Terms like recoil, kick, and kickback are often used as synonyms in the shooting community. Furthermore, consensus about the definition of recoil and kick aren’t universally accepted. As such, you may be wondering “what is recoil on a gun?” or “is there a difference between recoil and kick?” Today I’m going to provide my understanding about what each term means and how they are different. Additionally, I’ll talk about what factors influence recoil, how to mitigate it, and ultimately reduce kick.
Physics dictates that every action has an equal and opposite reaction. The recoil on a gun is the product of a round being fired and the resulting forces. Therefore, we can think of recoil as the measurement of force being applied to the gun itself.
During combustion — or rather the controlled burn — of smokeless powder, gasses, energy, and other byproducts are generated. This energy is what forces the bullet from the casing, down the bore, and out the muzzle.
Artillery demonstration of recoil
When the bullet goes forward, energy is also transferred backward and into the firearm. This energy will take the path of least resistance, and is the premise for how automatic reloading handguns operate. That energy is used to “cycle” the firearm, sequentially ejecting the spent casing and loading a new cartridge.
Recoil is often described as the backward, or rearward, forces produced when firing a handgun. Force equivalent to what is used to propel the bullet is simultaneously directed rearward thus the term, recoil.
Is There A Difference Between Recoil and Kick?
Opinions vary about whether there is a difference between recoil and kick. However, recoil describes the transference of energy into the components of the gun. Alternatively, some force is transferred to you, the shooter, and is the definition of kick.
Various springs, bolts, and even the frame absorb energy when a bullet is fired. These parts will outright absorb or move to their extremes before looking for other outlets to dispel the force — namely your body.
Kick or kickback – transferring energy from gun to shooter.
Kick, or kickback, is the perceived recoil on a gun. Sometimes this is aptly described as “felt recoil.” Not all recoil energy is passed onto the shooter. Therefore, the difference between recoil and kick can be described as the true resultant energy from firing a bullet (recoil) versus what the shooter feels (kick).
The kick on a gun is what results in muzzle rise. Additionally, muzzle rise can be referred to as muzzle flip, muzzle hop, muzzle jump, and muzzle climb.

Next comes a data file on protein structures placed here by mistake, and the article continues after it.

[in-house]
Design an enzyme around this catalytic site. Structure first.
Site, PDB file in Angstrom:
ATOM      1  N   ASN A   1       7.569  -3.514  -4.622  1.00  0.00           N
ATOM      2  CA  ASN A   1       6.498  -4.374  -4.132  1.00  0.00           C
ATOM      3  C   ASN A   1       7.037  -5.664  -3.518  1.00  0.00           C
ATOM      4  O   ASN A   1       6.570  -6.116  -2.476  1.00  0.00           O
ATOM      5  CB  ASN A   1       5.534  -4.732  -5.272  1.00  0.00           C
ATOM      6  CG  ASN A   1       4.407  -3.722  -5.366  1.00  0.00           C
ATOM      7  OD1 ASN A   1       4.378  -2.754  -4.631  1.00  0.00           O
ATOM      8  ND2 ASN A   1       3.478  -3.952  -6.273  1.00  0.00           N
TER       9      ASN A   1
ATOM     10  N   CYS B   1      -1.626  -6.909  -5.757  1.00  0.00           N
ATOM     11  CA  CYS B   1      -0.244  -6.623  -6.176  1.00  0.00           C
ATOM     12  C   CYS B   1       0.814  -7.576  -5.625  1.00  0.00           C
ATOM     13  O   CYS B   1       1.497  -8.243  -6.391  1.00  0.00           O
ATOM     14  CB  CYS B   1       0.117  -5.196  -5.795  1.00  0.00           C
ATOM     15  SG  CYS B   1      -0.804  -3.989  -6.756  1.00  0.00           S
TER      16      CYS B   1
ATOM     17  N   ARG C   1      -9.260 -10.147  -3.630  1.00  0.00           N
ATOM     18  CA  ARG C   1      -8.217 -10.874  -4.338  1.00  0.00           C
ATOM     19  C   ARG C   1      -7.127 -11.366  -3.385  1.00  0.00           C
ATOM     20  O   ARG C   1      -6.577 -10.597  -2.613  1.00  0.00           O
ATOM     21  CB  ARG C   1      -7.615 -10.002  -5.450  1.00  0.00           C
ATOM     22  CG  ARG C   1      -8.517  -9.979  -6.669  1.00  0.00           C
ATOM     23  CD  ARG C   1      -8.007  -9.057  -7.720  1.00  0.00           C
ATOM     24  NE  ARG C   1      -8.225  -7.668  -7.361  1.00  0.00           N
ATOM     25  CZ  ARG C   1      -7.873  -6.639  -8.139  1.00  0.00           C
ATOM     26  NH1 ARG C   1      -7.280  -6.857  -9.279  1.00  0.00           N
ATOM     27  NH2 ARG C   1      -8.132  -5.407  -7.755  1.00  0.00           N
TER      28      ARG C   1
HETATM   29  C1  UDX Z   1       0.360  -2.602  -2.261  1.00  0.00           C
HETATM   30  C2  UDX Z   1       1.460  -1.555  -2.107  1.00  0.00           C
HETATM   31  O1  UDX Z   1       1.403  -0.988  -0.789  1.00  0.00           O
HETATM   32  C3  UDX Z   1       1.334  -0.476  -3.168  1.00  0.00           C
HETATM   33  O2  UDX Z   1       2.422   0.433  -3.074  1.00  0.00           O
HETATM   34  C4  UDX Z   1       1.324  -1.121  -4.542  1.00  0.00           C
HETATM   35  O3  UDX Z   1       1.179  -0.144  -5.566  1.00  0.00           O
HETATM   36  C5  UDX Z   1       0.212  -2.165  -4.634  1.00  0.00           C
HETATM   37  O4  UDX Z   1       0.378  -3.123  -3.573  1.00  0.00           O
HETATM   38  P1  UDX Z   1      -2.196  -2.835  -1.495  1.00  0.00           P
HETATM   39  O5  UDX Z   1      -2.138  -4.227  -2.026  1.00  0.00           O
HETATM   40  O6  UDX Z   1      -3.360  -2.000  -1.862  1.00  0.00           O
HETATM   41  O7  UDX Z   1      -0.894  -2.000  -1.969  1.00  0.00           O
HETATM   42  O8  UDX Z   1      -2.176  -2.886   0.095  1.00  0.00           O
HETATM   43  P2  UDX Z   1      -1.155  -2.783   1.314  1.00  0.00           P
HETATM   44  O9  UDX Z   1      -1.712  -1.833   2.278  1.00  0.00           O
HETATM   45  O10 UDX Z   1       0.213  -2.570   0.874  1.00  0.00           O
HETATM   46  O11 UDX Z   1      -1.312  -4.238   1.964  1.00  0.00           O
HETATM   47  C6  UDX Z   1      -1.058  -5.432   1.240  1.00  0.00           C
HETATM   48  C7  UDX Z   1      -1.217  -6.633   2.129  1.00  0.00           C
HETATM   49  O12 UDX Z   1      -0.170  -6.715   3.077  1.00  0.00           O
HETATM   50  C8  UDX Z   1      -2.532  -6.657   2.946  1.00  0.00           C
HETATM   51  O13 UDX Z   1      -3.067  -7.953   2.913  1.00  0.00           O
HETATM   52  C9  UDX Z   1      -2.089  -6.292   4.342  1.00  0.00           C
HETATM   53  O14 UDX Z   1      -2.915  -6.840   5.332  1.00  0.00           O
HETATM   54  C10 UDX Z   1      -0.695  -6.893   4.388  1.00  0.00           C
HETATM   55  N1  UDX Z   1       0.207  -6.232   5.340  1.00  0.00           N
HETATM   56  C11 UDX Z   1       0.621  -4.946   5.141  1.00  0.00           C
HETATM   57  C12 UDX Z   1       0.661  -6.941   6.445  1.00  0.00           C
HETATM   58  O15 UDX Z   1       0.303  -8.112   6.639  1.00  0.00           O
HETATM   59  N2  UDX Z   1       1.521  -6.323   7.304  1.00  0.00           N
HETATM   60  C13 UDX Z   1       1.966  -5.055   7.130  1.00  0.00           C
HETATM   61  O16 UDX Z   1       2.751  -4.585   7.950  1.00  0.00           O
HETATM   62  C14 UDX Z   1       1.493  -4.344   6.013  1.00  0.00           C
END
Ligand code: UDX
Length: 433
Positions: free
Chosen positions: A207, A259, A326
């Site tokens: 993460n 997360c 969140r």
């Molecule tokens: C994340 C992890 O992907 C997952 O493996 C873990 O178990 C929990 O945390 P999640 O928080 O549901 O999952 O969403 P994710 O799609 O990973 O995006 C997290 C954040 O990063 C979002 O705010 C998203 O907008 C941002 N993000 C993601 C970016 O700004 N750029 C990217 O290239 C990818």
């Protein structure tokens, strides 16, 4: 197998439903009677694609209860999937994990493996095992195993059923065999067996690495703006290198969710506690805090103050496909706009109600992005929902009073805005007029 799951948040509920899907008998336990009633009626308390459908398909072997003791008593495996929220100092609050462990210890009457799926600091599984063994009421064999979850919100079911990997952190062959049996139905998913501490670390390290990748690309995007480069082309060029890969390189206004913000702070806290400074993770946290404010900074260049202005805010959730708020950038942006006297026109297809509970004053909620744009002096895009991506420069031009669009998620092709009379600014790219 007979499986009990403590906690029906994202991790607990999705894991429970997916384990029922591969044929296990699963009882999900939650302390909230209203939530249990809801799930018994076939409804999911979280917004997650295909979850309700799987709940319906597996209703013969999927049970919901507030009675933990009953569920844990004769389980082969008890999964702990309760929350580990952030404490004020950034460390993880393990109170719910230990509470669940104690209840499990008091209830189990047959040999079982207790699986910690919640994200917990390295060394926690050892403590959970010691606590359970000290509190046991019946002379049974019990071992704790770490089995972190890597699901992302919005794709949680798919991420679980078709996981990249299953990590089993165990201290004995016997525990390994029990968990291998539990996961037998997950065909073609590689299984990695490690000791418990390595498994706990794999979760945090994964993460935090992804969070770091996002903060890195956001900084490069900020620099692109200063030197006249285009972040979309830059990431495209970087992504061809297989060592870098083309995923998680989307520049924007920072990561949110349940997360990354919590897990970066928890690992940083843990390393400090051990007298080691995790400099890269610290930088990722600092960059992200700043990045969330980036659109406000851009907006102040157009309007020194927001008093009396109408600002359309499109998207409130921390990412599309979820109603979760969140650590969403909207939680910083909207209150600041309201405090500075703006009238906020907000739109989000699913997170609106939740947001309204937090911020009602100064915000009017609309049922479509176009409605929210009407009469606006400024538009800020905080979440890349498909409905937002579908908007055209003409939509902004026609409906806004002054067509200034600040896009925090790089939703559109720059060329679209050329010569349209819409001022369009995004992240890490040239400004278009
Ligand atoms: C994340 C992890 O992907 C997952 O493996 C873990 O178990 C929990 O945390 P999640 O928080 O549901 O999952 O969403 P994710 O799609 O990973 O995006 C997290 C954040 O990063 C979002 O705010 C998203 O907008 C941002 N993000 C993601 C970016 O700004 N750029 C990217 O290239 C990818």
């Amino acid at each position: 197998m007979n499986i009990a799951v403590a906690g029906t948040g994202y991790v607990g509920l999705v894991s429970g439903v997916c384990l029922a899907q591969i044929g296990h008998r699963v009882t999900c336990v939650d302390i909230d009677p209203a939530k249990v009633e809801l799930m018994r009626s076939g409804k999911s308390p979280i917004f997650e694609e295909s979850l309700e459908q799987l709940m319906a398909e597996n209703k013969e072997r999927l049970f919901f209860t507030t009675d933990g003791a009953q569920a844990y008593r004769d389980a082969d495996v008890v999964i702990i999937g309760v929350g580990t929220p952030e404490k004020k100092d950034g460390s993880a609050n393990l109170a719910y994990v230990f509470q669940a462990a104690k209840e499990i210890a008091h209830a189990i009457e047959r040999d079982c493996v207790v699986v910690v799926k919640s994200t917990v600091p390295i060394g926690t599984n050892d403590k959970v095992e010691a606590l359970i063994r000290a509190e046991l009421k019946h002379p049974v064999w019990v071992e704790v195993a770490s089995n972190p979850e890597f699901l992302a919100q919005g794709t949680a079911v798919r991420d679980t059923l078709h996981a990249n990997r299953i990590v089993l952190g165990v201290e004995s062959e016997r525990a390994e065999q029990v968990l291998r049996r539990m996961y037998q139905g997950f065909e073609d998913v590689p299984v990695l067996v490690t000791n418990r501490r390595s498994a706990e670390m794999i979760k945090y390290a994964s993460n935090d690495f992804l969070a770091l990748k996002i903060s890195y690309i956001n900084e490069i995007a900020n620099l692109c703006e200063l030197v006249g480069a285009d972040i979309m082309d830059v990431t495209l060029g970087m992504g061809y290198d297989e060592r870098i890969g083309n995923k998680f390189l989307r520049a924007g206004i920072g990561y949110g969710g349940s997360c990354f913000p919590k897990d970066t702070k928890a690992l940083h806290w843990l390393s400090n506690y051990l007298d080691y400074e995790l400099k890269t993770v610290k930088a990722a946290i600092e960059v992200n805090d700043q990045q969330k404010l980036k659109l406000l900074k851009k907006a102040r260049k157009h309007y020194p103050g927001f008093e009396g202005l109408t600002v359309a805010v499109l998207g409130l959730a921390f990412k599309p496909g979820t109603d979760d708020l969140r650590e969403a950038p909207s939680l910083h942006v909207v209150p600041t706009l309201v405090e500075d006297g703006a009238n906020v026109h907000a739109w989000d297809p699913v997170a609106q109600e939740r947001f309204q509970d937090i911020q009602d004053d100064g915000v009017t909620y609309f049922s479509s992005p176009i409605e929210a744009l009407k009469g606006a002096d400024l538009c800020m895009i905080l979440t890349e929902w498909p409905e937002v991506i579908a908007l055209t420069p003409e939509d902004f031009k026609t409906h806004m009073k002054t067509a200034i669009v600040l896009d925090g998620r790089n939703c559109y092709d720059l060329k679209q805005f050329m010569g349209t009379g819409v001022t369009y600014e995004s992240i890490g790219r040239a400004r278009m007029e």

Regardless of how you define recoil and kick, there is a correlation between the two. The greater the recoil on a gun, the greater the associated kick. Therefore recoil, kick, and kickback are often used interchangeably.
Methods To Reduce Recoil
If you want to lower the recoil, you really only have a couple options at your disposal. First, you can lower the caliber of the round you are shooting since more force is required to move a heavier and larger object. Therefore, by lowering the size of the bullet you are effectively minimizing the amount of force required to move that projectile.
Second, you can slow the bullets down to minimize recoil. More force is required to fire projectiles at high speeds. Anyone who has experienced a squib load understands this concept. When the bullet never leaves the barrel, there is little to no recoil and no kick whatsoever.
How To Decrease Kick On A Gun
Alright, we’ve covered how to reduce the recoil by modifying the cartridges you shoot. But, how do we reduce the kick on a gun? Ultimately, strategies to reduce recoil will also reduce kickback. But, reducing kick is a bit more complicated as each firearm is unique. However, there are a few different ways to minimize kick.
Compensator or Muzzle Break To Reduce Felt Recoil
First on the list of ways to decrease the recoil a shooter feels is to add a compensator or muzzle break. Gas pressure builds inside the firearm when firing a bullet. To mitigate the impact on the shooter, a compensator helps to disperse these gasses. Instead of this energy being transferred through the gun, it is instead directed outward. An example of this can be found on the above animations where the gasses are being directed outward from the muzzle.
Beef Up Your Recoil Spring To Reduce Kick
Another way to reduce the kick from your handgun is to swap out your recoil spring for a more stout version. Making the recoil spring more difficult to compress means it will soak up more energy and ultimately lead to less felt recoil. Length, wire thickness, and number of coils affect a springs compression strength.
Reduce Felt Recoil With A Heavier Handgun
Just like a heavier bullet requires more energy to move, a heavier handgun will transfer less force to the shooter. Unfortunately, you can’t really increase the weight of your current handgun. However, you can opt for steel or other metal frame over polymer frame guns. Additionally, full-size handguns tend to weight more than their compact and subcompact counterparts.
Unfortunately there is no magic way to eliminate recoil on a handgun. All you can do is hope to reduce both recoil and kick. Hopefully this article has explained the difference between recoil and kick. Additionally, now you understand why the two are not mutually exclusive in normal discussion. If you found this article helpful, please like, share, or leave a comment. Thanks for stopping by!